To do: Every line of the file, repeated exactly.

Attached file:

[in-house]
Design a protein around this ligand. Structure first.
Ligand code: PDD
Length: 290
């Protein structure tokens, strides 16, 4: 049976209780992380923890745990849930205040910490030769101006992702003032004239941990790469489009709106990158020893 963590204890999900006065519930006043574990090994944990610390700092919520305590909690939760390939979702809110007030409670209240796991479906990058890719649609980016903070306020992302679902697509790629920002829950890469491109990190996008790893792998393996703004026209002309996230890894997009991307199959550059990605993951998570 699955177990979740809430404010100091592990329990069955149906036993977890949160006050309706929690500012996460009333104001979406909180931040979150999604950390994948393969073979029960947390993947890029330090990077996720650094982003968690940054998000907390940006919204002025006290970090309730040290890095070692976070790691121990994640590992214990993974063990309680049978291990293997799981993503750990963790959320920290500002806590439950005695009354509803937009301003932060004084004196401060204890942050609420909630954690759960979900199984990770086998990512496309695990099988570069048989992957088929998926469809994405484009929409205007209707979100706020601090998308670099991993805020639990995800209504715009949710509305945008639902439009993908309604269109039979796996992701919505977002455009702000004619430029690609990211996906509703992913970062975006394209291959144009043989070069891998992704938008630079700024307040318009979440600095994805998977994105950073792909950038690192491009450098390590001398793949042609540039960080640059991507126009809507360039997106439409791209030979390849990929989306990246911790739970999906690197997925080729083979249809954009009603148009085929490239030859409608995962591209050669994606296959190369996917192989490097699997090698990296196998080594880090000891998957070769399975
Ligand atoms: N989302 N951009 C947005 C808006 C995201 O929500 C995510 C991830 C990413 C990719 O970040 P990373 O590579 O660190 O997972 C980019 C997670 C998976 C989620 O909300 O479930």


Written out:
[in-house]
Design a protein around this ligand. Structure first.
Ligand code: PDD
Length: 290
């Protein structure tokens, strides 16, 4: 049976209780992380923890745990849930205040910490030769101006992702003032004239941990790469489009709106990158020893 963590204890999900006065519930006043574990090994944990610390700092919520305590909690939760390939979702809110007030409670209240796991479906990058890719649609980016903070306020992302679902697509790629920002829950890469491109990190996008790893792998393996703004026209002309996230890894997009991307199959550059990605993951998570 699955177990979740809430404010100091592990329990069955149906036993977890949160006050309706929690500012996460009333104001979406909180931040979150999604950390994948393969073979029960947390993947890029330090990077996720650094982003968690940054998000907390940006919204002025006290970090309730040290890095070692976070790691121990994640590992214990993974063990309680049978291990293997799981993503750990963790959320920290500002806590439950005695009354509803937009301003932060004084004196401060204890942050609420909630954690759960979900199984990770086998990512496309695990099988570069048989992957088929998926469809994405484009929409205007209707979100706020601090998308670099991993805020639990995800209504715009949710509305945008639902439009993908309604269109039979796996992701919505977002455009702000004619430029690609990211996906509703992913970062975006394209291959144009043989070069891998992704938008630079700024307040318009979440600095994805998977994105950073792909950038690192491009450098390590001398793949042609540039960080640059991507126009809507360039997106439409791209030979390849990929989306990246911790739970999906690197997925080729083979249809954009009603148009085929490239030859409608995962591209050669994606296959190369996917192989490097699997090698990296196998080594880090000891998957070769399975
Ligand atoms: N989302 N951009 C947005 C808006 C995201 O929500 C995510 C991830 C990413 C990719 O970040 P990373 O590579 O660190 O997972 C980019 C997670 C998976 C989620 O909300 O479930």